“It makes sense why, doesn’t it? Okay so can you help us to understand why many people can lose weight but why do we all seem to regain it? How can we be successful in the long term for keeping weight off?”

Professor Joe Proietto:

“This always perplexed me. I couldn’t understand why someone who’s motivated loses weight and then puts it back on again. So we did a study published in 2011 in the New England Journal of Medicine where we measured these hunger hormones that we have in our blood. We have ten hunger regulating hormones in the blood, which interestingly there’s only one that makes us hungry and nine that take our hunger away”

Dr Catherine Bacus:

“So that one is very powerful?”

Professor Joe Proietto:

“Well no, it means that it’s actually very hard to stop the brain looking for food and we measured these before people lost weight, after they lost weight and a year later and what we found was that the hormone levels nearly all change in a direction to make you more hungry and then we found that they stay there a year later. Then we had evidence at three years, now there’s evidence at six years which means that because the weight is genetic, the body does not give up trying to get you back to your genetic set point.”

Dr Catherine Bacus:

“Which is good if we’re at a time of famine but not so good in this era.”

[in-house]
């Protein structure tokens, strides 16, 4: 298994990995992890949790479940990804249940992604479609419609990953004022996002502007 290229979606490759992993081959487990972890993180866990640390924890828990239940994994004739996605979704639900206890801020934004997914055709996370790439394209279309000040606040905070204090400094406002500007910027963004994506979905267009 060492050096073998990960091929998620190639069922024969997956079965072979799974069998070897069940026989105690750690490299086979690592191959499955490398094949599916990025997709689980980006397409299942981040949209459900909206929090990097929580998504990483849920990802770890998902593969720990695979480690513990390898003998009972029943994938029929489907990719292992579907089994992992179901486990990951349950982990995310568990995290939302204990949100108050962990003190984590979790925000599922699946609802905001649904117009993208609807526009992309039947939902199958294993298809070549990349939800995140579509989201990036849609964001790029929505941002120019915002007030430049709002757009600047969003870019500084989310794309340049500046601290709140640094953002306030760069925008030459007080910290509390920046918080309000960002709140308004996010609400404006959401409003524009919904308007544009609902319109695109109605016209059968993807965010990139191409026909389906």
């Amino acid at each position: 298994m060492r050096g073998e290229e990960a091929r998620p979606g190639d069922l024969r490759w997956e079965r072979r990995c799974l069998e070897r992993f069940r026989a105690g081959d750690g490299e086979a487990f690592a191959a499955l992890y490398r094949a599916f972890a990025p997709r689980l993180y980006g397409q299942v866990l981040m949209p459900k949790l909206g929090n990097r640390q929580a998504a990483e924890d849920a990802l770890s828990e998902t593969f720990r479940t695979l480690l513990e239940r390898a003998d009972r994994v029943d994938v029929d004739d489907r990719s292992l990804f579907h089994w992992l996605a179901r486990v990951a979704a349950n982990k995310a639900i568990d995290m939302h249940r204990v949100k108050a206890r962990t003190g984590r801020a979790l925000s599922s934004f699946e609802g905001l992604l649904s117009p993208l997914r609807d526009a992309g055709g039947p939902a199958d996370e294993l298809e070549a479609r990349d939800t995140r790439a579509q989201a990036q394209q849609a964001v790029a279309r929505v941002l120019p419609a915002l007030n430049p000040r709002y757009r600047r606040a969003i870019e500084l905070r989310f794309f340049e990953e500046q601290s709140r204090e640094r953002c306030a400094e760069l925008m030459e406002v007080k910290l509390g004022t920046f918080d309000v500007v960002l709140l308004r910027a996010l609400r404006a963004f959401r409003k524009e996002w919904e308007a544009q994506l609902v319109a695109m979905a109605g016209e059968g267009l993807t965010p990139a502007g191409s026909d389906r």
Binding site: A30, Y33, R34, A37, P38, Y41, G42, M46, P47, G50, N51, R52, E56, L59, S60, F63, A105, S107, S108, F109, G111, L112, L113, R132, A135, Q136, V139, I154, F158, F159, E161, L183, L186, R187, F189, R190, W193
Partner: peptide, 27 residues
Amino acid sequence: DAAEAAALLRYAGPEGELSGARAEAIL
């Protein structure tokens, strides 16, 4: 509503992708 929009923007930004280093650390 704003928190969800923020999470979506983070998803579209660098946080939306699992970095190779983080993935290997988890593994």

Professor Joe Proietto:

“Correct, our modern environment is up against our biology that was really optimised when we didn’t have agriculture, when we didn’t have the industrial revolution and science.”

Dr Catherine Bacus:

“So then what would be your top three tips for our patients who are wanting to keep their weight off in the long term?”

Professor Joe Proietto:

“Right so after achieving weight loss because you don’t expect patients to be ketotic the whole time because it’s very hard to stay away from carbs in our society then what we advise patients to do is following going back onto ordinary food, they need to be mindful of what they put on their plate, they need to be aware of what they’re weight is doing so it requires regular weigh ins, they need to do exercise vigorously or you exercise to your capacity – at least an hour a day and then despite all of that, if they regain two kilos then they have to go back on the ketotic diet. And that’s a strategy for maintaining weight without medication. The problem is that it eventually grinds you down and so my belief is that while you don’t need medication to lose weight, you probably need it to keep it off.”

Dr Catherine Bacus:

“To overcome some of those hormonal signals that are driving up hunger and increasing our desire for food.”

Professor Joe Proietto:

“Correct, yes.”

Dr Catherine Bacus:

“Okay makes sense. Well thank you for your time today, thank you for helping answer some of the questions that we have and for helping us to understand why it is difficult to lose weight and what we can do about it and how we can live a healthier life with greater wellbeing.”

Professor Joe Proietto:

“Pleasure, thank you.”

22 February, 2020